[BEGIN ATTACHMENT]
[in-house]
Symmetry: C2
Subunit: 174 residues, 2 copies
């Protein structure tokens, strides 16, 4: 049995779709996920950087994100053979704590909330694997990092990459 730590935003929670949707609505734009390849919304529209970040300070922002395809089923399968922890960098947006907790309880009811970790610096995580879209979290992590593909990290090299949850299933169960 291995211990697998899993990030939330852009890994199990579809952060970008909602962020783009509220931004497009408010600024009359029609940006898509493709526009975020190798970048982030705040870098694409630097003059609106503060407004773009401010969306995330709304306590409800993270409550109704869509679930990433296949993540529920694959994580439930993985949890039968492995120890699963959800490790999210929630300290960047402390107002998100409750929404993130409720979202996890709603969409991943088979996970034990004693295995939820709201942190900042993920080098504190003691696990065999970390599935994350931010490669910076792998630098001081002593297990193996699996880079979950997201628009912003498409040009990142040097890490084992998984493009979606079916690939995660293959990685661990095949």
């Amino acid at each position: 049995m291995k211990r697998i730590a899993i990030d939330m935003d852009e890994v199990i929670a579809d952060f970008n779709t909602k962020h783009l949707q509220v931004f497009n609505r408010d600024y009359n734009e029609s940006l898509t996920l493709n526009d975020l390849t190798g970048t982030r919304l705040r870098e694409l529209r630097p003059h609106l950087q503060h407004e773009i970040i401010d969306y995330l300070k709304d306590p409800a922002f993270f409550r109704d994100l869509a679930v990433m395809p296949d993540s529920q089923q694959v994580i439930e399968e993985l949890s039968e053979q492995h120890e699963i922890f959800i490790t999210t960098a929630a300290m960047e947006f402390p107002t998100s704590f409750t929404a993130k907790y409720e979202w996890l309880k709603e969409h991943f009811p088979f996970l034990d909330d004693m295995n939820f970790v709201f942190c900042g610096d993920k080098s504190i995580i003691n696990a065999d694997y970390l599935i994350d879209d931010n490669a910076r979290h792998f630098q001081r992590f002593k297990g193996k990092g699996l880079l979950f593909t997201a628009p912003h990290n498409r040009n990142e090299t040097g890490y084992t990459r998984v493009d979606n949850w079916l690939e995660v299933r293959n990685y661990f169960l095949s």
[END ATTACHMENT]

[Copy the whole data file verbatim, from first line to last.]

[in-house]
Symmetry: C2
Subunit: 174 residues, 2 copies
């Protein structure tokens, strides 16, 4: 049995779709996920950087994100053979704590909330694997990092990459 730590935003929670949707609505734009390849919304529209970040300070922002395809089923399968922890960098947006907790309880009811970790610096995580879209979290992590593909990290090299949850299933169960 291995211990697998899993990030939330852009890994199990579809952060970008909602962020783009509220931004497009408010600024009359029609940006898509493709526009975020190798970048982030705040870098694409630097003059609106503060407004773009401010969306995330709304306590409800993270409550109704869509679930990433296949993540529920694959994580439930993985949890039968492995120890699963959800490790999210929630300290960047402390107002998100409750929404993130409720979202996890709603969409991943088979996970034990004693295995939820709201942190900042993920080098504190003691696990065999970390599935994350931010490669910076792998630098001081002593297990193996699996880079979950997201628009912003498409040009990142040097890490084992998984493009979606079916690939995660293959990685661990095949």
């Amino acid at each position: 049995m291995k211990r697998i730590a899993i990030d939330m935003d852009e890994v199990i929670a579809d952060f970008n779709t909602k962020h783009l949707q509220v931004f497009n609505r408010d600024y009359n734009e029609s940006l898509t996920l493709n526009d975020l390849t190798g970048t982030r919304l705040r870098e694409l529209r630097p003059h609106l950087q503060h407004e773009i970040i401010d969306y995330l300070k709304d306590p409800a922002f993270f409550r109704d994100l869509a679930v990433m395809p296949d993540s529920q089923q694959v994580i439930e399968e993985l949890s039968e053979q492995h120890e699963i922890f959800i490790t999210t960098a929630a300290m960047e947006f402390p107002t998100s704590f409750t929404a993130k907790y409720e979202w996890l309880k709603e969409h991943f009811p088979f996970l034990d909330d004693m295995n939820f970790v709201f942190c900042g610096d993920k080098s504190i995580i003691n696990a065999d694997y970390l599935i994350d879209d931010n490669a910076r979290h792998f630098q001081r992590f002593k297990g193996k990092g699996l880079l979950f593909t997201a628009p912003h990290n498409r040009n990142e090299t040097g890490y084992t990459r998984v493009d979606n949850w079916l690939e995660v299933r293959n990685y661990f169960l095949s």